The new bridge has three traffic lanes in each direction and two shoulders. It is wider than what is currently needed, to reflect an ODOT standard cross section (12-ft-wide lanes, 4-ft-wide inside shoulders, and 10-ft-wide outside shoulders / bike lanes). However, the new striping has varying lane width (11-12 feet) and shoulder width (6-10 feet) across the bridge. The cross-section consists of nine 55-inch-deep steel plate-girders at 13-ft on-center with a 10-inch-thick cast-in-place reinforced concrete deck. The reinforced concrete abutments were each founded on sixteen 24-inch-diameter pipe piles with conical tips. The bridge was needed to relieve congestion at the existing signalized OR213 / Washington Street–Clackamas River Drive intersection. OR213 was reconstructed into a divided highway from Redland Road to Interstate 205 (I-205), with east-to-west Washington Street traffic traveling under the new OR213 Bridge. By dividing the highway and eliminate east-west cross movements, the signalized intersection was changed to a two-phase signal (north-south throughs and right-turns only), reducing congestion. All left-turns at this intersection were eliminated, with drivers in all directions turning right onto new road connections with the realigned Washington Street, with the appearance of a jughandle, which passes under OR213.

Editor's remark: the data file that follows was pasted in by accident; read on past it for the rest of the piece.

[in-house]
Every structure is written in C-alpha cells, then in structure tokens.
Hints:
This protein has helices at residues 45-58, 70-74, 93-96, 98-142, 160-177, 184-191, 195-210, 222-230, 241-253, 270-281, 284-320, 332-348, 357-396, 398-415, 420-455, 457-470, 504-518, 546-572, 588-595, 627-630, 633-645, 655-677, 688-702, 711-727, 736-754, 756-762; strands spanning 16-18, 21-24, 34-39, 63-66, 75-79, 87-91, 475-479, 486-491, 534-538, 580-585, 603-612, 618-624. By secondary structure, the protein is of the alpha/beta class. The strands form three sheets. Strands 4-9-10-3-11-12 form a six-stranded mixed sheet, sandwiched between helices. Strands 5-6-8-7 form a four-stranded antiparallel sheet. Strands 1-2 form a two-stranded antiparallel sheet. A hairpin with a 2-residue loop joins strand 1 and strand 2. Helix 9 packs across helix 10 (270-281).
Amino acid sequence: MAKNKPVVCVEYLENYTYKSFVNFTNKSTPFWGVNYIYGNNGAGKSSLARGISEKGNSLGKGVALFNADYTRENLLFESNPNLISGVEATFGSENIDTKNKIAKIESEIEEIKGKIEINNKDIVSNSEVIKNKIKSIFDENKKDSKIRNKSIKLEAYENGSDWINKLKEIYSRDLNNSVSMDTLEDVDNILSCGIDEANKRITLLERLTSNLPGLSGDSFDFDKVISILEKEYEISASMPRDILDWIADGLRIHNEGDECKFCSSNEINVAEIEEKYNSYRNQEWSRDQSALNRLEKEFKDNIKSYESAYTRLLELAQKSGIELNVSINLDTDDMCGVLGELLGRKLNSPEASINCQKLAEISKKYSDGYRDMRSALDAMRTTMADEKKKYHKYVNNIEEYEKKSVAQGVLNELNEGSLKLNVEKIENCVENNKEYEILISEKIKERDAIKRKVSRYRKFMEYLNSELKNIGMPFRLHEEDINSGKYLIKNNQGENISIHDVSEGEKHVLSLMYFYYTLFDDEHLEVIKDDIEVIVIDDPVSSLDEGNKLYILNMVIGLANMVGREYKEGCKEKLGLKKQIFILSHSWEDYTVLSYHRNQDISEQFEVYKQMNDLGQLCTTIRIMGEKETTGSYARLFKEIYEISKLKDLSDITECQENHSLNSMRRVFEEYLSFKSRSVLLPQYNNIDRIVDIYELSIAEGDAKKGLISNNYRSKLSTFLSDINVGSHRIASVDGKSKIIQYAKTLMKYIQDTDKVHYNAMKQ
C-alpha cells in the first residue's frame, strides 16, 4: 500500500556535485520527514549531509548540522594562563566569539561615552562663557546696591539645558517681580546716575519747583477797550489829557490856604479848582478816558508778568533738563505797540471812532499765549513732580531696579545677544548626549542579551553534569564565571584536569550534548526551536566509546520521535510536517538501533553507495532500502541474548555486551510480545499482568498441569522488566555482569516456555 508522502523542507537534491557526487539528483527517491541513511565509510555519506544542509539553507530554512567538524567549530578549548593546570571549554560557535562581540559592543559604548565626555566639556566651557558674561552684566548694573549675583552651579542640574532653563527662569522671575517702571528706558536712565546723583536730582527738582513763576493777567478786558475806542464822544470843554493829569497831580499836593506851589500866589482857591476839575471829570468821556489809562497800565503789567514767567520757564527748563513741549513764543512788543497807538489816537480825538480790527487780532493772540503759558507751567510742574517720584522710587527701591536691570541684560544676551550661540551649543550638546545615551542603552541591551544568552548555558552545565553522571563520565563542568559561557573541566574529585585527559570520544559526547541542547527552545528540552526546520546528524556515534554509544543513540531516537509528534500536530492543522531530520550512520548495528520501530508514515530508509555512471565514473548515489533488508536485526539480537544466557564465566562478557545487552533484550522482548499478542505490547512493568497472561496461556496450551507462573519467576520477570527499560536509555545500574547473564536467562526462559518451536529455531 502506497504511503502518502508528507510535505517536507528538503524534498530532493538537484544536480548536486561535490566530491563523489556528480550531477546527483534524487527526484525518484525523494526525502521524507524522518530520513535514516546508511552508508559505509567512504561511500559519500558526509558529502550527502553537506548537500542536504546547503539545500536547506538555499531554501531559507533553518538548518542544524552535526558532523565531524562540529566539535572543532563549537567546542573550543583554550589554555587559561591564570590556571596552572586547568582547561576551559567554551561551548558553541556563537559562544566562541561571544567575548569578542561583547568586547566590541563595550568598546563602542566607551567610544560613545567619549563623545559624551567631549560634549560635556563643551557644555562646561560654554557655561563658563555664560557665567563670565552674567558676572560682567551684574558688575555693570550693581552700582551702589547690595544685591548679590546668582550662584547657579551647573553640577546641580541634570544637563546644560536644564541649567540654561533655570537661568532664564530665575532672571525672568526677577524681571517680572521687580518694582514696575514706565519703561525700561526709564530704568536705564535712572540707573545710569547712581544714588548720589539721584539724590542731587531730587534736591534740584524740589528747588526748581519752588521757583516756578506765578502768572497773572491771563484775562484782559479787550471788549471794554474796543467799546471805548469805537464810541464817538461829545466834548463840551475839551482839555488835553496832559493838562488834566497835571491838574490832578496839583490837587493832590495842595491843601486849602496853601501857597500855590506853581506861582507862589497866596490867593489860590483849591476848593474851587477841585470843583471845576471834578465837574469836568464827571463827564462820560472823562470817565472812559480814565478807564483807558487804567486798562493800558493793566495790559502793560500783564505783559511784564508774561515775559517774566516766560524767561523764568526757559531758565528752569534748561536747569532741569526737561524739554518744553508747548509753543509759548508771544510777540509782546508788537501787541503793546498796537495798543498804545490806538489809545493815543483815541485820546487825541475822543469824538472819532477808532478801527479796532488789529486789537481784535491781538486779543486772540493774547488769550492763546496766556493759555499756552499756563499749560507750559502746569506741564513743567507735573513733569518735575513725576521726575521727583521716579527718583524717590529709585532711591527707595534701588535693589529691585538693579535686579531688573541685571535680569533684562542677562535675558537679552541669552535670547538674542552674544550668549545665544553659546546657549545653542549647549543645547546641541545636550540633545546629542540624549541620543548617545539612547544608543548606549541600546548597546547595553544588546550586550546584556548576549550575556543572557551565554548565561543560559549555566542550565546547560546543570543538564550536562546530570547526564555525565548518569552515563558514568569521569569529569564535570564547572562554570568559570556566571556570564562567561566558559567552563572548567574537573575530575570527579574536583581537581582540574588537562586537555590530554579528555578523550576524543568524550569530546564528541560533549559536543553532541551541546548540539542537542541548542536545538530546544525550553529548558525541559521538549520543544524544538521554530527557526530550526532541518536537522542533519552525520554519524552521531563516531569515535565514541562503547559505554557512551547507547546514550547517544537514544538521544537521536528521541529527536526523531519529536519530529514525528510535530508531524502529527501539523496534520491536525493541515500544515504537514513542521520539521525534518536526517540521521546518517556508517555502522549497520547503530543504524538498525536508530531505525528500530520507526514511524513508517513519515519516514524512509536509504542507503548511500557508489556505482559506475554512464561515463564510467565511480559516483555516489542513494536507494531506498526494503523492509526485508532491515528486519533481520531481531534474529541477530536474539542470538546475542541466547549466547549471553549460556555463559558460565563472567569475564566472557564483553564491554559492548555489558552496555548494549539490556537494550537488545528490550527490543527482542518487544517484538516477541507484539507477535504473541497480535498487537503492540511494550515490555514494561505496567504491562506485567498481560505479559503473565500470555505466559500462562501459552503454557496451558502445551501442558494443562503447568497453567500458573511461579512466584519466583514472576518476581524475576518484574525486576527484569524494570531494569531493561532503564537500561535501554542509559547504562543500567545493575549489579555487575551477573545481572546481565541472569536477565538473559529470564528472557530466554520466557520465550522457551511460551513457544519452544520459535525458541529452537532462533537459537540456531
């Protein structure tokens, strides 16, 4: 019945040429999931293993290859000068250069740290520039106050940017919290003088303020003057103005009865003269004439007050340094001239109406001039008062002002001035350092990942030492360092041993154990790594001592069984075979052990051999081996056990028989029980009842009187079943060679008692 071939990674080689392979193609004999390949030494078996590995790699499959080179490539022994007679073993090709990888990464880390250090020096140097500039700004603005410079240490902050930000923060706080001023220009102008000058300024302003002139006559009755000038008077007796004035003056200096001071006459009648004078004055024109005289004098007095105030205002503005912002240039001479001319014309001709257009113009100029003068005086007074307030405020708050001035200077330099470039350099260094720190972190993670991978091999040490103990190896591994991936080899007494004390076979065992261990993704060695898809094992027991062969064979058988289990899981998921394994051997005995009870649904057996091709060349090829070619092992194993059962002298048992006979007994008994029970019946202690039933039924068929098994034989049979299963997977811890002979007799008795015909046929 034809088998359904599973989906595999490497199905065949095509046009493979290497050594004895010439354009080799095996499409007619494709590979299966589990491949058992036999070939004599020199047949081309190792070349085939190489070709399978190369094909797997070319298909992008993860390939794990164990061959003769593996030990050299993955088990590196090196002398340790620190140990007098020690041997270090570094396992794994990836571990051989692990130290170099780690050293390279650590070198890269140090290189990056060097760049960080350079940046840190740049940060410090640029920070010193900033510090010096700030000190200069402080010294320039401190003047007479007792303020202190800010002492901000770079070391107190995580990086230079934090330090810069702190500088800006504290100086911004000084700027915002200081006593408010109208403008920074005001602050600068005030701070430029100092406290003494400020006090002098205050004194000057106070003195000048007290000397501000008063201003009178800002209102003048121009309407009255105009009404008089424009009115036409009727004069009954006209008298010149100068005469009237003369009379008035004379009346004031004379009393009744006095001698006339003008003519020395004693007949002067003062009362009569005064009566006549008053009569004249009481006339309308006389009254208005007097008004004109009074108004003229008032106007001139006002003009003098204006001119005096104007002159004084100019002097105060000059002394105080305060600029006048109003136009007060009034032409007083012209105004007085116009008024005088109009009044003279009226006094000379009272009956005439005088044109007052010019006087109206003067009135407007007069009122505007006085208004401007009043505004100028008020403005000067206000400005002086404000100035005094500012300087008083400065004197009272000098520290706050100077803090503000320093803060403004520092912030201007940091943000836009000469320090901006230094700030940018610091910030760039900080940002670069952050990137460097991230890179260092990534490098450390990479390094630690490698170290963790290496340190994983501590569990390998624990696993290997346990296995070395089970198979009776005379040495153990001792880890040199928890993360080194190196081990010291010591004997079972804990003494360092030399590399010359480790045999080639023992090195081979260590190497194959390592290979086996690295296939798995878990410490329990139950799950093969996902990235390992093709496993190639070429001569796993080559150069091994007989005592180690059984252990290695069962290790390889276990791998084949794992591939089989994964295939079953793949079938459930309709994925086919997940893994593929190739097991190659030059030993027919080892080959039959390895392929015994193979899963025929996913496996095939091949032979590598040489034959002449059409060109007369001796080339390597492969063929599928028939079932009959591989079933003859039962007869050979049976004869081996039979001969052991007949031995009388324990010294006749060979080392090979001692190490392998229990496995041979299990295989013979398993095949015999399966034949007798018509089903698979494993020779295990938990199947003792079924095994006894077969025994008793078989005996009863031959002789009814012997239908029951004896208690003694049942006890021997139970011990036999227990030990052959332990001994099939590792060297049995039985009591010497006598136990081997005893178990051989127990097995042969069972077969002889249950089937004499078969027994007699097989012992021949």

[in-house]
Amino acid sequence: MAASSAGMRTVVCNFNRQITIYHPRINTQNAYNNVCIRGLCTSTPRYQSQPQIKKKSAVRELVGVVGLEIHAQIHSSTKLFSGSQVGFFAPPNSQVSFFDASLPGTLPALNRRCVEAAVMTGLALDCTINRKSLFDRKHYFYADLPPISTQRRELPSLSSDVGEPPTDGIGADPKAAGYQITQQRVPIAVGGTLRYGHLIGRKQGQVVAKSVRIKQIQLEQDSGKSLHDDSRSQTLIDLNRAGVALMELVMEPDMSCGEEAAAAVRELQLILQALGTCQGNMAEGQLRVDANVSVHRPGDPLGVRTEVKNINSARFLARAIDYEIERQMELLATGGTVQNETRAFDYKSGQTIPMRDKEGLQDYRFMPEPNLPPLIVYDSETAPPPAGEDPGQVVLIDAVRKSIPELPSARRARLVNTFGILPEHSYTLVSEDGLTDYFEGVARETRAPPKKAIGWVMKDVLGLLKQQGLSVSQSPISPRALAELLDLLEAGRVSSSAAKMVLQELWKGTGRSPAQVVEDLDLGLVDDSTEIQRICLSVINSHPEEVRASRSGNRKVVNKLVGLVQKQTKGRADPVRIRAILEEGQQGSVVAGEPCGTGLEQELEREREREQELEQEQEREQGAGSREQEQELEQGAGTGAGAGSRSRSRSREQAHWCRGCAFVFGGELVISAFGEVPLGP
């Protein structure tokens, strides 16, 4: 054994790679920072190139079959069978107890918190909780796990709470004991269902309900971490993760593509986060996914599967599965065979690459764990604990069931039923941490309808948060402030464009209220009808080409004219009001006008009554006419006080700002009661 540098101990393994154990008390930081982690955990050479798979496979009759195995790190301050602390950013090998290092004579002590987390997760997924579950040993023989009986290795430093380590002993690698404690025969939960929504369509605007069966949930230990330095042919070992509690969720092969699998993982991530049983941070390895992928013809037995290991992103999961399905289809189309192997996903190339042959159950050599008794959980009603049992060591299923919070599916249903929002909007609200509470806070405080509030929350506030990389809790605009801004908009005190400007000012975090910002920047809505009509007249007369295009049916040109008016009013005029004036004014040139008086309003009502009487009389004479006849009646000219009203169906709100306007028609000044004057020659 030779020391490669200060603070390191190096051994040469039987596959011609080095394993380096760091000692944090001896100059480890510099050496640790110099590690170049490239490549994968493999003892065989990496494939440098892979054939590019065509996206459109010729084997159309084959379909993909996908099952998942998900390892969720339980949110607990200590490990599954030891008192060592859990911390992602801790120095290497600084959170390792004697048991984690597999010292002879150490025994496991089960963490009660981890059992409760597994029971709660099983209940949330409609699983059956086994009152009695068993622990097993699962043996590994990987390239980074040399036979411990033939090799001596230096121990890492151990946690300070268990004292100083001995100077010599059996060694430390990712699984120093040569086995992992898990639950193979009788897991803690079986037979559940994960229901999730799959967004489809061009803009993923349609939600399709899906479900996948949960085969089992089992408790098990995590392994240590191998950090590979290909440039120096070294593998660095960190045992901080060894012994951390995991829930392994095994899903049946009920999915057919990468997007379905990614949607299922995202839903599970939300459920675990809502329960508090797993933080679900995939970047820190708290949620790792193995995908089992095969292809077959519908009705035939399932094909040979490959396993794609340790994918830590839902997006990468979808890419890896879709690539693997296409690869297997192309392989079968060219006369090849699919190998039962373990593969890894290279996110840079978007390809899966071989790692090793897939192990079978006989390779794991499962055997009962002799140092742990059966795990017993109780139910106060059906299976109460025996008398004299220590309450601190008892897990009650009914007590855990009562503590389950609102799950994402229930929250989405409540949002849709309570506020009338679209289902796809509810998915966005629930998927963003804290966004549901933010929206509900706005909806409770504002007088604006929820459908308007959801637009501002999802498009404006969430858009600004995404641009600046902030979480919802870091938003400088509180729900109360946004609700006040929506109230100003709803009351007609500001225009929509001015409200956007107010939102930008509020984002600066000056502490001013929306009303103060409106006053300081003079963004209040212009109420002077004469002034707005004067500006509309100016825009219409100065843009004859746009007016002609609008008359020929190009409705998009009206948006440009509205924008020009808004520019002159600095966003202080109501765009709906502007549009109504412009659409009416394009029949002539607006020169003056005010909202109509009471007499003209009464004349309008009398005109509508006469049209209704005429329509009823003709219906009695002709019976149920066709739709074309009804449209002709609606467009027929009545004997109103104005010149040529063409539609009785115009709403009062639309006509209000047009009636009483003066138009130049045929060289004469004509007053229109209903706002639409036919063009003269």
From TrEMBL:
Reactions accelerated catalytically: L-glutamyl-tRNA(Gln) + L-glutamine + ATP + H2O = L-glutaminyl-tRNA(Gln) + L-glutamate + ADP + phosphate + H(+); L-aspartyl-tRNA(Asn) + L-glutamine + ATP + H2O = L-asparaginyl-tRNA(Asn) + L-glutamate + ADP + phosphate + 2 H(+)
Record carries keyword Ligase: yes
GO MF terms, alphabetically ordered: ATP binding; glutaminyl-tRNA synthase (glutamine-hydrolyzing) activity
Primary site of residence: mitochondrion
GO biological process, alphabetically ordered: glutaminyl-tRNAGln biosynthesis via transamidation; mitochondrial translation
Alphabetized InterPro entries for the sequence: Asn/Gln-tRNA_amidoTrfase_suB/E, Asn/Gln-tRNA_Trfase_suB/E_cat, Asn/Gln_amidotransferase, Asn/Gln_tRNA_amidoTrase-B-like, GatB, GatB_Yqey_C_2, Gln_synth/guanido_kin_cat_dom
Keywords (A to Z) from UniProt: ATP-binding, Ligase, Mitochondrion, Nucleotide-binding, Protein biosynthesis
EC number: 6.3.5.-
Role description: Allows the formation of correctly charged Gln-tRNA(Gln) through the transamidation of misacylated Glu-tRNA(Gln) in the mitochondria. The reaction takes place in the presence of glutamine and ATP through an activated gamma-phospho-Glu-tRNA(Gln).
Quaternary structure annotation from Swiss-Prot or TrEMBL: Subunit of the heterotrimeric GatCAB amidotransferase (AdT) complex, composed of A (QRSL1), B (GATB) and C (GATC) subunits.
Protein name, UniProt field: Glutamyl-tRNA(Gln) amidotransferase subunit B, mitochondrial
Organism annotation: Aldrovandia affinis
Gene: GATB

Construction Method: